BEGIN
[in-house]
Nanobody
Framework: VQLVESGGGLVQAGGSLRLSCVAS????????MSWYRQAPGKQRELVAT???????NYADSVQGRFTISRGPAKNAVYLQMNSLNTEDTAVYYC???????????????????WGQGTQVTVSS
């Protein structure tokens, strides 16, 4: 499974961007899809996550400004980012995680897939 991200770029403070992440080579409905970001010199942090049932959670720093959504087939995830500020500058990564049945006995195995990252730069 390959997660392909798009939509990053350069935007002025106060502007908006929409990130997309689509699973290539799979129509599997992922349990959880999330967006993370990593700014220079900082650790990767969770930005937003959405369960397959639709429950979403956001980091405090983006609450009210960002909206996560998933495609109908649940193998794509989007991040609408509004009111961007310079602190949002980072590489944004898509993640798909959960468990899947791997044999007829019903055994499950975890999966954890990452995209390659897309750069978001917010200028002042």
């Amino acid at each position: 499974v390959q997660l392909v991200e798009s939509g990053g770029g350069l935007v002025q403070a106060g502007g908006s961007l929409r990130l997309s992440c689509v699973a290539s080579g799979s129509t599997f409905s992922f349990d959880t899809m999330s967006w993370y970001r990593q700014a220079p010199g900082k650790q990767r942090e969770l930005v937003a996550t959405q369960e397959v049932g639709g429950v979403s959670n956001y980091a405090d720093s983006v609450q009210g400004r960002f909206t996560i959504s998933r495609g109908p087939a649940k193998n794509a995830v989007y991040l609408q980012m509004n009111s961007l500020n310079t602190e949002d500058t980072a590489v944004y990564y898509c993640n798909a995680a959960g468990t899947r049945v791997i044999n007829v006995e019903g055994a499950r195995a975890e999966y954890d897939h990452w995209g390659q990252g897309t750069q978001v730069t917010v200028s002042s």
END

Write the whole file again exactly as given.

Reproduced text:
[in-house]
Nanobody
Framework: VQLVESGGGLVQAGGSLRLSCVAS????????MSWYRQAPGKQRELVAT???????NYADSVQGRFTISRGPAKNAVYLQMNSLNTEDTAVYYC???????????????????WGQGTQVTVSS
């Protein structure tokens, strides 16, 4: 499974961007899809996550400004980012995680897939 991200770029403070992440080579409905970001010199942090049932959670720093959504087939995830500020500058990564049945006995195995990252730069 390959997660392909798009939509990053350069935007002025106060502007908006929409990130997309689509699973290539799979129509599997992922349990959880999330967006993370990593700014220079900082650790990767969770930005937003959405369960397959639709429950979403956001980091405090983006609450009210960002909206996560998933495609109908649940193998794509989007991040609408509004009111961007310079602190949002980072590489944004898509993640798909959960468990899947791997044999007829019903055994499950975890999966954890990452995209390659897309750069978001917010200028002042």
């Amino acid at each position: 499974v390959q997660l392909v991200e798009s939509g990053g770029g350069l935007v002025q403070a106060g502007g908006s961007l929409r990130l997309s992440c689509v699973a290539s080579g799979s129509t599997f409905s992922f349990d959880t899809m999330s967006w993370y970001r990593q700014a220079p010199g900082k650790q990767r942090e969770l930005v937003a996550t959405q369960e397959v049932g639709g429950v979403s959670n956001y980091a405090d720093s983006v609450q009210g400004r960002f909206t996560i959504s998933r495609g109908p087939a649940k193998n794509a995830v989007y991040l609408q980012m509004n009111s961007l500020n310079t602190e949002d500058t980072a590489v944004y990564y898509c993640n798909a995680a959960g468990t899947r049945v791997i044999n007829v006995e019903g055994a499950r195995a975890e999966y954890d897939h990452w995209g390659q990252g897309t750069q978001v730069t917010v200028s002042s």